It's all about the food at Two Fifteen. Sure, the bar and bistro on Dominion Road is well laid-out and reasonably stylish and comfortable with high-backed leather chairs, white tablecloths and napkins, but our little nook was adorned not by a painting or a sculpture but by a wall crammed with framed awards the restaurant has won.
And although they might have been deeply impressive, they didn't hit high on the style sensor.
But this is a bar and bistro and at Two Fifteen decor's not the point.
Our waiter was part of the overall picture. He reeled off the types of dried meats and sausage that feature in chef Jeremy Schmidt's home-made charcuterie entree with the familiarity most of us have when we run through the grocery list. He also knew immediately which wine on the relatively long wine list would appeal, exactly how the pork belly was cooked and ...
Another good thing about Two Fifteen is the fact you can hear each other. My heart sank when a table of six young women and a couple of men filed into the table alongside. In most restaurants this would mean the end to any meaningful conversation. But no. Truly, although we could see their lips moving, we didn't even hear them laugh.
After the build-up, Brian couldn't wait to sample the charcuterie. He loves meat of all sorts, but especially the cured, dried and smoked varieties. He declared Two Fifteen's home-cured selection not only great-tasting and generous, but also featuring some varieties that are almost impossible to find in Auckland.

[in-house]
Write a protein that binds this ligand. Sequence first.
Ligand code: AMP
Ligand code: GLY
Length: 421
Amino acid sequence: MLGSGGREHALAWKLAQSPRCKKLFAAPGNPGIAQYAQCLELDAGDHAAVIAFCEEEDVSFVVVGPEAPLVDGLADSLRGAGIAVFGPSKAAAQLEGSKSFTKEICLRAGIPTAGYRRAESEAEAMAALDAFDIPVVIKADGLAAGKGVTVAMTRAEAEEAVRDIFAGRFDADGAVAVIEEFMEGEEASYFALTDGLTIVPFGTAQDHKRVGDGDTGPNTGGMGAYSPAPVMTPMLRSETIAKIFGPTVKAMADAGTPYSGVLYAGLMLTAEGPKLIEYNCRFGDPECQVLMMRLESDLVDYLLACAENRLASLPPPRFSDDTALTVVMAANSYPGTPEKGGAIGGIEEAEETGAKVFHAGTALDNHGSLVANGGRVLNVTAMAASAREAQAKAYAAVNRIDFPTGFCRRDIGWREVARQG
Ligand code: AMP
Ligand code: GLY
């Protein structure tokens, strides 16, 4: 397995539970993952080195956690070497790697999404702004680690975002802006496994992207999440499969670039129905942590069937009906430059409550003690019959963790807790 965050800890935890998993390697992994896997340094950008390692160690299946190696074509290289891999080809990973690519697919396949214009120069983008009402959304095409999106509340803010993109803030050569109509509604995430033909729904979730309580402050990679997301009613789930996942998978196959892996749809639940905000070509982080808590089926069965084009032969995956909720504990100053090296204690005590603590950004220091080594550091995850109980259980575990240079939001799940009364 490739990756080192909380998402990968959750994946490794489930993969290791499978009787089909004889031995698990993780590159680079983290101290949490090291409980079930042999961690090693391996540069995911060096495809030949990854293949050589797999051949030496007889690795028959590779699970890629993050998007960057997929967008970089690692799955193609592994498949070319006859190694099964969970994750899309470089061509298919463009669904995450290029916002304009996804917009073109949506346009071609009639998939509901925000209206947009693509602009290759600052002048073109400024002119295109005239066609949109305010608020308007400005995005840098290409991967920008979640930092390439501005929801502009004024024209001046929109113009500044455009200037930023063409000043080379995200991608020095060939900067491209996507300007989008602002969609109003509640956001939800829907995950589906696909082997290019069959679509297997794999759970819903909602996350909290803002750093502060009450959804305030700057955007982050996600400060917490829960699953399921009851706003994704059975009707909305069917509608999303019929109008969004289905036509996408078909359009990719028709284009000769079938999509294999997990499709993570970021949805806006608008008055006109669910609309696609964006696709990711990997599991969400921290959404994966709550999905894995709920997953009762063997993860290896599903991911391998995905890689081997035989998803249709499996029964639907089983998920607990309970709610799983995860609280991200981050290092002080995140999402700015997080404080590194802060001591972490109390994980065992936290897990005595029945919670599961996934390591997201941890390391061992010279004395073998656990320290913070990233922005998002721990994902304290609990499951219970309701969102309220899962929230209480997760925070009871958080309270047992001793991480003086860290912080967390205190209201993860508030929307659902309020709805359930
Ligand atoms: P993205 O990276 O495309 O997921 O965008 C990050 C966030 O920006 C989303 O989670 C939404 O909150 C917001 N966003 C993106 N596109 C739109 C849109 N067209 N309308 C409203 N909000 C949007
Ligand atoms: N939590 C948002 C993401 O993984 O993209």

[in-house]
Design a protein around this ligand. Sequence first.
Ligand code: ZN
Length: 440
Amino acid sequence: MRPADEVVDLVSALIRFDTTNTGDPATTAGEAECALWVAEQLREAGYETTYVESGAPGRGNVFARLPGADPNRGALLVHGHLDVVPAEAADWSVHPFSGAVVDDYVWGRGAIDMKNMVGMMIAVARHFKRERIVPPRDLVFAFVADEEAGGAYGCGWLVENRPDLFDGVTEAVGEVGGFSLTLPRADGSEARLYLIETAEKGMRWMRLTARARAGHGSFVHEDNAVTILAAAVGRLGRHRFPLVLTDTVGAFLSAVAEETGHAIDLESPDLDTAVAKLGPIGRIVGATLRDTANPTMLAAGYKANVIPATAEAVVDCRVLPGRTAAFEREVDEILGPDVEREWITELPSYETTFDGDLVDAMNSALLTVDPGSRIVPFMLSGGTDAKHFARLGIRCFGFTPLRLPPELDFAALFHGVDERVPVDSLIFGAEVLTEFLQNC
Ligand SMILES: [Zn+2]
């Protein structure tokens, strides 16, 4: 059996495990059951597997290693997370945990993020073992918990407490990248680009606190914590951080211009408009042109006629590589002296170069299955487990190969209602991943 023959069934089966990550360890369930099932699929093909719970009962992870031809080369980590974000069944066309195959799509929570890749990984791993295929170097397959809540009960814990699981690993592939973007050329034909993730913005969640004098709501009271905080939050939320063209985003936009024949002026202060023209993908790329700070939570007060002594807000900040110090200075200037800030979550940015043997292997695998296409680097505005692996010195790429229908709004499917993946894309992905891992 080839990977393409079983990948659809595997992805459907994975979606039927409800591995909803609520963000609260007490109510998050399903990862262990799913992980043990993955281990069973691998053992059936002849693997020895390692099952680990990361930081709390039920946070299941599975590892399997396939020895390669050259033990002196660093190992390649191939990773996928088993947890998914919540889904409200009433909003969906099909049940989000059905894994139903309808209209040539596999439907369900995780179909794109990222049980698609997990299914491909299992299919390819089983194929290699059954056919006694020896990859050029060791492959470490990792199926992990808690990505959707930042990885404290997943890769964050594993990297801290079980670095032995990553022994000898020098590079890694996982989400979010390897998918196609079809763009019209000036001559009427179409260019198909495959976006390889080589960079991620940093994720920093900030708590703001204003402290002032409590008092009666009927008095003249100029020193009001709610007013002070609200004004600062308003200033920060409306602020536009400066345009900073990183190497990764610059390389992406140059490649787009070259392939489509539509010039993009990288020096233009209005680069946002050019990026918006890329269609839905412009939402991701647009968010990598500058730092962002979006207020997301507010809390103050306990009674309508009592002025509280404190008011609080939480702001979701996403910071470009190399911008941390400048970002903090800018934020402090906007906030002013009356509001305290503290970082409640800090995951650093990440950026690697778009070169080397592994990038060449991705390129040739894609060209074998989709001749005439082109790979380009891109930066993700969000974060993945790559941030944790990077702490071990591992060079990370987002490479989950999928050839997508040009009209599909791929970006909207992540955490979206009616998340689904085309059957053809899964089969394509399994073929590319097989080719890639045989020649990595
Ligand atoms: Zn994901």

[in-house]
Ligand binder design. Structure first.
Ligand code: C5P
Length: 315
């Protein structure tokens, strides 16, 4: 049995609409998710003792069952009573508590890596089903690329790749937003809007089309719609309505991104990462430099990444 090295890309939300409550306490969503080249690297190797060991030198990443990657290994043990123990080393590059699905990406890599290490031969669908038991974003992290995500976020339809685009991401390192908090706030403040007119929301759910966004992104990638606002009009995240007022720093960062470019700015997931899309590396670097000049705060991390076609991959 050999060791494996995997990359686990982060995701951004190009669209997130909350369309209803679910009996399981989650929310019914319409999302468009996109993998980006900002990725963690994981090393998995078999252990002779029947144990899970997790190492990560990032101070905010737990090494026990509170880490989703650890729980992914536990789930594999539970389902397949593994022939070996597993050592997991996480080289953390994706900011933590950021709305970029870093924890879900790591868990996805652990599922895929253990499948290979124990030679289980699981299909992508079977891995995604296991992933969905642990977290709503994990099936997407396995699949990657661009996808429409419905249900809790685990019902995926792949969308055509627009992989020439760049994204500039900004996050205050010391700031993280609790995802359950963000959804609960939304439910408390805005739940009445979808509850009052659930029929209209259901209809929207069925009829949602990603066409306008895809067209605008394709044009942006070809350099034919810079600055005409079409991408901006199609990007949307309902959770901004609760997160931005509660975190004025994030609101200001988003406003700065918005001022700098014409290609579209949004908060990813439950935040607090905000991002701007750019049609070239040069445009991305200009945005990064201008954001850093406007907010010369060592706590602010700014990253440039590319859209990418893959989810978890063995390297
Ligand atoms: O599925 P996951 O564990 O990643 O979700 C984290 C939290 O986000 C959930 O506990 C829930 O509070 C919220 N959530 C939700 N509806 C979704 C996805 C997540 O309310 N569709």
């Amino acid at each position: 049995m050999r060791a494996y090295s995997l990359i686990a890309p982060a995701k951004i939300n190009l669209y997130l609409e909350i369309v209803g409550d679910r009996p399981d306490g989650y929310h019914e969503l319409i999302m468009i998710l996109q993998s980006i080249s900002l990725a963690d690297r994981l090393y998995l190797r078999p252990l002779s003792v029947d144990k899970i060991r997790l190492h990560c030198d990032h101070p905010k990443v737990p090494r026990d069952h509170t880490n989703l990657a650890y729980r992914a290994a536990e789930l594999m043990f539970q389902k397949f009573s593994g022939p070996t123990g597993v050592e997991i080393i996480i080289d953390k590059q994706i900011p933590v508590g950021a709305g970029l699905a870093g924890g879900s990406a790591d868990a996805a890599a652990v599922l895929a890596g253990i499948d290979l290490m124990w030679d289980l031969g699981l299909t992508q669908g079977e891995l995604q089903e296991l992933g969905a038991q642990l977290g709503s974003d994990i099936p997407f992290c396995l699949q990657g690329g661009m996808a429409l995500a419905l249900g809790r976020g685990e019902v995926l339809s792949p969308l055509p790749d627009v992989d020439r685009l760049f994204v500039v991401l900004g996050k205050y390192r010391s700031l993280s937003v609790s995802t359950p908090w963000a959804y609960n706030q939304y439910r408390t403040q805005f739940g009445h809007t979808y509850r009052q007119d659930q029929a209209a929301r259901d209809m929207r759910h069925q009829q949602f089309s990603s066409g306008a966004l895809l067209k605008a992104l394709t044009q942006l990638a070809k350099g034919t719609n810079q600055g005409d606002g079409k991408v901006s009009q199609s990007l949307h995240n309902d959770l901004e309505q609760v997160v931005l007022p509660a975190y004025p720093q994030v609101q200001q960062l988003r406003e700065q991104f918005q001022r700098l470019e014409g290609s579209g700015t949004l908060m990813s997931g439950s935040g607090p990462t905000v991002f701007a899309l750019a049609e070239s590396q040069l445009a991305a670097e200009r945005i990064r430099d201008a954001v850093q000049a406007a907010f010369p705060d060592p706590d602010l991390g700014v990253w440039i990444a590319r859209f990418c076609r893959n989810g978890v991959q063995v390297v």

Meanwhile, I was delighting in the flash-fried squid, which arrived in such a large mound I assumed it was a handful of squid slices sitting on a pile of rice or similar. Not so. The entire stack was made up of wide-cut, tender-as-butter pieces of squid, coated in a tangy aioli. And although it was billed as "fried", this version had no coating or batter. Presumably it isn't as fattening either.
However, Barb's seared scallops were not seared enough for her liking. Her first mouthful tasted a little raw and cool in the middle, she said. And although the samples she gave the rest of us seemed okay, she was underwhelmed. There's a fine art to cooking delicate shellfish like scallops to perfection. It seems Two Fifteen missed by a couple of seconds.
Skipping an entrée, Bob opted for the confit duck leg. He declared his meal fabulous: "delectable, cooked to golden, sumptuous, melted, perfection, especially topped with salad".
The pork belly, which Two Fifteen apparently braises for 18 hours, was so tender you could almost cut it with a fork, and yet Chef Schmidt had managed to achieve crisp, if not crackled skin. Barb's pumpkin and ricotta tortellini was okay, but lacked pumpkin flavour. My pink lamb shoulder rack was almost as good as Bob's duck. Rare without being even slightly raw and carved into large, lean and tender shoulder chops, it was served with baby broad beans in a tasty sauce.
Our desserts were similarly good. Bob had to leave, but the rest of us shared the chocolate terrine and Italian fritoles with lemon curd and vanilla icecream. And, with two types of terrine and eight fritoles, there was plenty.
Two Fifteen is a welcome part of the Mt Eden end of the Dominion Rd feeding frenzy. It provides excellent bistro-style food at a relatively reasonable price.
Rating out of 10
Our meal: $285 for three entrees, four main courses, two desserts, four glasses of wine and a coffee.
Wine list: Interesting and varied with an entire section of Auckland wines.
Verdict: Hearty servings of classy bistro-style food and interesting wines served by highly professional waiters in a comfy and elegant but dull setting.